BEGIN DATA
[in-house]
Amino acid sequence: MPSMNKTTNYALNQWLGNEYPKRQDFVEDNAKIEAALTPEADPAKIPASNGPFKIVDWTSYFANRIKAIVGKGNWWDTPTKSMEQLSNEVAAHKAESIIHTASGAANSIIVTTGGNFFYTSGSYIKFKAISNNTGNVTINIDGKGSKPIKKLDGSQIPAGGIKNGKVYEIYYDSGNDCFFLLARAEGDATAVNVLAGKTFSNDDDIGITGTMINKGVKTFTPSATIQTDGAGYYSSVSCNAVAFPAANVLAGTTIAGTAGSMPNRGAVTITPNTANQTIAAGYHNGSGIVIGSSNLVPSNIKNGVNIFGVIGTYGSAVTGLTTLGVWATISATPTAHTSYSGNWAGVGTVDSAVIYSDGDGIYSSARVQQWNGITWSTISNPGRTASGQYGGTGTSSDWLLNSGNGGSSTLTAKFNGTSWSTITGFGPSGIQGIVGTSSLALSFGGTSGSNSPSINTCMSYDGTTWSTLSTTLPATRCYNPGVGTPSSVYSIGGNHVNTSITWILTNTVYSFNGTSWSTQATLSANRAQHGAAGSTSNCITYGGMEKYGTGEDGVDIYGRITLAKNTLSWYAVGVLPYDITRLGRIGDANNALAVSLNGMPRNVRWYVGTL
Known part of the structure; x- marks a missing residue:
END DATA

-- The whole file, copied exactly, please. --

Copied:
[in-house]
Amino acid sequence: MPSMNKTTNYALNQWLGNEYPKRQDFVEDNAKIEAALTPEADPAKIPASNGPFKIVDWTSYFANRIKAIVGKGNWWDTPTKSMEQLSNEVAAHKAESIIHTASGAANSIIVTTGGNFFYTSGSYIKFKAISNNTGNVTINIDGKGSKPIKKLDGSQIPAGGIKNGKVYEIYYDSGNDCFFLLARAEGDATAVNVLAGKTFSNDDDIGITGTMINKGVKTFTPSATIQTDGAGYYSSVSCNAVAFPAANVLAGTTIAGTAGSMPNRGAVTITPNTANQTIAAGYHNGSGIVIGSSNLVPSNIKNGVNIFGVIGTYGSAVTGLTTLGVWATISATPTAHTSYSGNWAGVGTVDSAVIYSDGDGIYSSARVQQWNGITWSTISNPGRTASGQYGGTGTSSDWLLNSGNGGSSTLTAKFNGTSWSTITGFGPSGIQGIVGTSSLALSFGGTSGSNSPSINTCMSYDGTTWSTLSTTLPATRCYNPGVGTPSSVYSIGGNHVNTSITWILTNTVYSFNGTSWSTQATLSANRAQHGAAGSTSNCITYGGMEKYGTGEDGVDIYGRITLAKNTLSWYAVGVLPYDITRLGRIGDANNALAVSLNGMPRNVRWYVGTL
Known part of the structure; x- marks a missing residue: